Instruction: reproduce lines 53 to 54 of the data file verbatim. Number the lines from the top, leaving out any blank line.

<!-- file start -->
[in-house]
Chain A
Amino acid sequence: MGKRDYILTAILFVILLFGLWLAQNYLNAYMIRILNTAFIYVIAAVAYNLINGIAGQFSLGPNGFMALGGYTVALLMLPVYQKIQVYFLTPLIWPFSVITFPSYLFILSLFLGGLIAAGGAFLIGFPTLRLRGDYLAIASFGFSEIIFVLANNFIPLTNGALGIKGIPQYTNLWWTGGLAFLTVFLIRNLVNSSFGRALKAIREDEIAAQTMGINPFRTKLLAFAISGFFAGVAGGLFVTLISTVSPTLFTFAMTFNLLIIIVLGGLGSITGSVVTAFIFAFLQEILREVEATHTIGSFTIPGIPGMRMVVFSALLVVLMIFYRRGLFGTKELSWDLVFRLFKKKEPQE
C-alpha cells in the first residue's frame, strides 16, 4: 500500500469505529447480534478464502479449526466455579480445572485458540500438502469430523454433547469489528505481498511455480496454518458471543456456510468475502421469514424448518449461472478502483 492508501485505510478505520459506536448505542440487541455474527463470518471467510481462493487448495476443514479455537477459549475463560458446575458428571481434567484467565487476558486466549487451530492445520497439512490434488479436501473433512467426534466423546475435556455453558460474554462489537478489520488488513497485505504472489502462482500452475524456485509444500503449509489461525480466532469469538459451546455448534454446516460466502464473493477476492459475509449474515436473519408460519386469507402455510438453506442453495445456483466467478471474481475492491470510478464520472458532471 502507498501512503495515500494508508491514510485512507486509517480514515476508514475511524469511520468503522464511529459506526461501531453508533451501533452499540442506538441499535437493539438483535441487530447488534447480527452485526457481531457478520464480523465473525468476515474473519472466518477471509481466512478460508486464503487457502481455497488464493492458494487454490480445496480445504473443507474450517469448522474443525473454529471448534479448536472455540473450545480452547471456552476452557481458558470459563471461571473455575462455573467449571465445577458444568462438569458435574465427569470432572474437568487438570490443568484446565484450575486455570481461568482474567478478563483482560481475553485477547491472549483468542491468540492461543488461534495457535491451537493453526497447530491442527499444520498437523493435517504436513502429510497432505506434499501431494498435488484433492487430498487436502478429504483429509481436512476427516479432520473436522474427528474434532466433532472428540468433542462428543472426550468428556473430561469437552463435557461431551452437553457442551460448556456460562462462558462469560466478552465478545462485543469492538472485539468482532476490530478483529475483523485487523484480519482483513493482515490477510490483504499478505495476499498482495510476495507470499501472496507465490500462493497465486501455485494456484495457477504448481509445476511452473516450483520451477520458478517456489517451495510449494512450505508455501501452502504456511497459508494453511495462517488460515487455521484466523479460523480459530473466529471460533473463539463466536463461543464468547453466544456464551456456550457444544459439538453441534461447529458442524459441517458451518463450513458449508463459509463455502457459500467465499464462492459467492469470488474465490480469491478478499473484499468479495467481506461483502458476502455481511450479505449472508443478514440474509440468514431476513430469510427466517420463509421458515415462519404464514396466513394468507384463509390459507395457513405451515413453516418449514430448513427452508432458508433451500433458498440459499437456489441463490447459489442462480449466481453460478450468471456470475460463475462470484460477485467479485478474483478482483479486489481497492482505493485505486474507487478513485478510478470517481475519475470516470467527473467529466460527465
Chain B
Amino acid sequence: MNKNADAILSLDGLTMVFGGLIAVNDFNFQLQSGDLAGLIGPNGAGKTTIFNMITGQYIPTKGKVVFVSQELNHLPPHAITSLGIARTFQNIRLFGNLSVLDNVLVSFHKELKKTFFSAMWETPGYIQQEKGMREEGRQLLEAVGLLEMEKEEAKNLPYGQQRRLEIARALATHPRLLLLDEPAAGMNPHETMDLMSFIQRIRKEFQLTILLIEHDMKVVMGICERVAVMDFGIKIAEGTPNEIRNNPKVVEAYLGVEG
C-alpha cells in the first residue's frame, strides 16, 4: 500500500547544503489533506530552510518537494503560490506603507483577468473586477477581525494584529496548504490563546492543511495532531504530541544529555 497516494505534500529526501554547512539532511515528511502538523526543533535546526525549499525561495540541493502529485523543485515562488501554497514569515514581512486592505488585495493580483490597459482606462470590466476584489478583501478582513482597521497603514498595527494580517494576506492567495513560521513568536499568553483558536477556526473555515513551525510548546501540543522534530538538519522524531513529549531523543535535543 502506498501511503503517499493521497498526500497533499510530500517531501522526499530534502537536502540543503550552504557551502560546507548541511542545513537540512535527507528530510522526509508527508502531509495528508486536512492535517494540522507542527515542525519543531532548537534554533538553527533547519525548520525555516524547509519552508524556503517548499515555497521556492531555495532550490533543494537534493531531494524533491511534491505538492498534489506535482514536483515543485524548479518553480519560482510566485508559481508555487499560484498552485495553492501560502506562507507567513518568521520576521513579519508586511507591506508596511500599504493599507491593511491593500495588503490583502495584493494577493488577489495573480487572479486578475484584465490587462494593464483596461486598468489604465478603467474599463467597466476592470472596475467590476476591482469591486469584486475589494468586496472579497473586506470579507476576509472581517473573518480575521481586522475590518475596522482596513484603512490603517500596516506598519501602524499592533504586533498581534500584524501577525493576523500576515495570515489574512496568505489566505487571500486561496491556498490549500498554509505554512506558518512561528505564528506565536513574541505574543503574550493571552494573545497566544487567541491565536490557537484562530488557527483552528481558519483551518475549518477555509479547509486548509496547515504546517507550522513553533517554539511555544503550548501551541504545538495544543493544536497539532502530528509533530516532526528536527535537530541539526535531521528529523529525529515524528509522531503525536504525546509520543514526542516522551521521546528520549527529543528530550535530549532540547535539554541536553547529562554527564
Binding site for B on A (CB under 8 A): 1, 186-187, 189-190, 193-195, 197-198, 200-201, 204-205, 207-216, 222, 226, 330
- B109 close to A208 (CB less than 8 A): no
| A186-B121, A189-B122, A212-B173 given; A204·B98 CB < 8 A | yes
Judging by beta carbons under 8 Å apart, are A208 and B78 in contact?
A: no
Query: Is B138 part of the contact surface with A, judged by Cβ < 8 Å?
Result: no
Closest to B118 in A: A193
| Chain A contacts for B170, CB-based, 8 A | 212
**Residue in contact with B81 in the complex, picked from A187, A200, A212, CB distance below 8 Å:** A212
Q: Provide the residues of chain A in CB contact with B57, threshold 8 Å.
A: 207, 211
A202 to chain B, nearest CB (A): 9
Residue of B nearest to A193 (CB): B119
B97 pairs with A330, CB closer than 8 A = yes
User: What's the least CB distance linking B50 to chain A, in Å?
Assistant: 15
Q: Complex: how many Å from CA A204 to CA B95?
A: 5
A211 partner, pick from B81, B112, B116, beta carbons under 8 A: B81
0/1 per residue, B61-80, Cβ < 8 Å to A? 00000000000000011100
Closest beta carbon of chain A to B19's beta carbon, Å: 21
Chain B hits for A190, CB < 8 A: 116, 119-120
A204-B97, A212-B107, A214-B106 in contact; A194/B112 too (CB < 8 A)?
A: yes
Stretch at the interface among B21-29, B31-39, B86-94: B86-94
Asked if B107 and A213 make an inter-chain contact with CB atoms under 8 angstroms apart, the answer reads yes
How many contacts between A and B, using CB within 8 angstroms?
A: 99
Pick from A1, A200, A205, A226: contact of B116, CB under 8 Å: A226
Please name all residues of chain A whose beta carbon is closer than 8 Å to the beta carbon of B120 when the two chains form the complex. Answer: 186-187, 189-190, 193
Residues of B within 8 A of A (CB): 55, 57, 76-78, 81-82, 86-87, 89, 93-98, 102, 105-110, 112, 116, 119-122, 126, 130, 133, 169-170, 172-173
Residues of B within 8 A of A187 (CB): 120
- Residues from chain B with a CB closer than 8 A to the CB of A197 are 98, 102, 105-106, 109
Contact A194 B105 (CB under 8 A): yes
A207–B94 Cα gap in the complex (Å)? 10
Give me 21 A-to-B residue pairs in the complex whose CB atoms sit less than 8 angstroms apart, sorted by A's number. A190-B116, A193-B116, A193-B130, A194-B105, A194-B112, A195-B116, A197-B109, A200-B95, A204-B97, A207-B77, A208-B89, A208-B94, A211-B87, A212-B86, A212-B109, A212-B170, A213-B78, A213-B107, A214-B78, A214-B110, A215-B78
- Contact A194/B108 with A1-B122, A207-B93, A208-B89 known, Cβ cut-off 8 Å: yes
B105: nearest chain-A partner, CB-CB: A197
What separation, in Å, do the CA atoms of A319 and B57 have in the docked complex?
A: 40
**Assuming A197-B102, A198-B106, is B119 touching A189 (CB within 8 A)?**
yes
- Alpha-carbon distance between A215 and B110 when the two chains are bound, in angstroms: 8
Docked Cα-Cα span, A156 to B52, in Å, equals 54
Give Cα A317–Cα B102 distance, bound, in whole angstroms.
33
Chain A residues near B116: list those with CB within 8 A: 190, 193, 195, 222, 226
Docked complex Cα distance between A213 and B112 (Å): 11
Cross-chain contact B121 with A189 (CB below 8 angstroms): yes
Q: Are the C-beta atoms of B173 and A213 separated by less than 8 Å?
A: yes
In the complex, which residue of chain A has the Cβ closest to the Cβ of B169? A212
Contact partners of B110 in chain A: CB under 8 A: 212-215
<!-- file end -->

Give Cα A317–Cα B102 distance, bound, in whole angstroms.
33